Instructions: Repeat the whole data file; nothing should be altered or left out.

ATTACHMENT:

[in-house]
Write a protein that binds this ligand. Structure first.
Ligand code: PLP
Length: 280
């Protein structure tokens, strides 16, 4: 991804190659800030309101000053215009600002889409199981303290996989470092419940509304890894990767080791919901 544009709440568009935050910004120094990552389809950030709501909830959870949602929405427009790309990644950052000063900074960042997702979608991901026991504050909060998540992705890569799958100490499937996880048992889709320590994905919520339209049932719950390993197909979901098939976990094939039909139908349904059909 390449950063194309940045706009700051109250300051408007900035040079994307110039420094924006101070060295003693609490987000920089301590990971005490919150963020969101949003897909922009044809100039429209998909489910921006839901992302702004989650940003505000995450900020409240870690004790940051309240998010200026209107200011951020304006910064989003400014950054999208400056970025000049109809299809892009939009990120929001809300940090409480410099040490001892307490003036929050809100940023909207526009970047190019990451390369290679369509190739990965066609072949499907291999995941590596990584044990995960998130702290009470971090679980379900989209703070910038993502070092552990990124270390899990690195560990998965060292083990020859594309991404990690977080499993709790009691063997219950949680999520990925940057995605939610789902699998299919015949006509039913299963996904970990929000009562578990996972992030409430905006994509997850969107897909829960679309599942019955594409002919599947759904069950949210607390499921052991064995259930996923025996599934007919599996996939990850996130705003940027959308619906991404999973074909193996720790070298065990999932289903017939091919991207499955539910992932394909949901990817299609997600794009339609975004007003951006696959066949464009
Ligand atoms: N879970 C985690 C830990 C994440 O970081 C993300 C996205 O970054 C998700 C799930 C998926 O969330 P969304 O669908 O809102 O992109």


[in-house]
Write a protein that binds this ligand. Structure first.
Ligand code: PLP
Length: 280
């Protein structure tokens, strides 16, 4: 991804190659800030309101000053215009600002889409199981303290996989470092419940509304890894990767080791919901 544009709440568009935050910004120094990552389809950030709501909830959870949602929405427009790309990644950052000063900074960042997702979608991901026991504050909060998540992705890569799958100490499937996880048992889709320590994905919520339209049932719950390993197909979901098939976990094939039909139908349904059909 390449950063194309940045706009700051109250300051408007900035040079994307110039420094924006101070060295003693609490987000920089301590990971005490919150963020969101949003897909922009044809100039429209998909489910921006839901992302702004989650940003505000995450900020409240870690004790940051309240998010200026209107200011951020304006910064989003400014950054999208400056970025000049109809299809892009939009990120929001809300940090409480410099040490001892307490003036929050809100940023909207526009970047190019990451390369290679369509190739990965066609072949499907291999995941590596990584044990995960998130702290009470971090679980379900989209703070910038993502070092552990990124270390899990690195560990998965060292083990020859594309991404990690977080499993709790009691063997219950949680999520990925940057995605939610789902699998299919015949006509039913299963996904970990929000009562578990996972992030409430905006994509997850969107897909829960679309599942019955594409002919599947759904069950949210607390499921052991064995259930996923025996599934007919599996996939990850996130705003940027959308619906991404999973074909193996720790070298065990999932289903017939091919991207499955539910992932394909949901990817299609997600794009339609975004007003951006696959066949464009
Ligand atoms: N879970 C985690 C830990 C994440 O970081 C993300 C996205 O970054 C998700 C799930 C998926 O969330 P969304 O669908 O809102 O992109």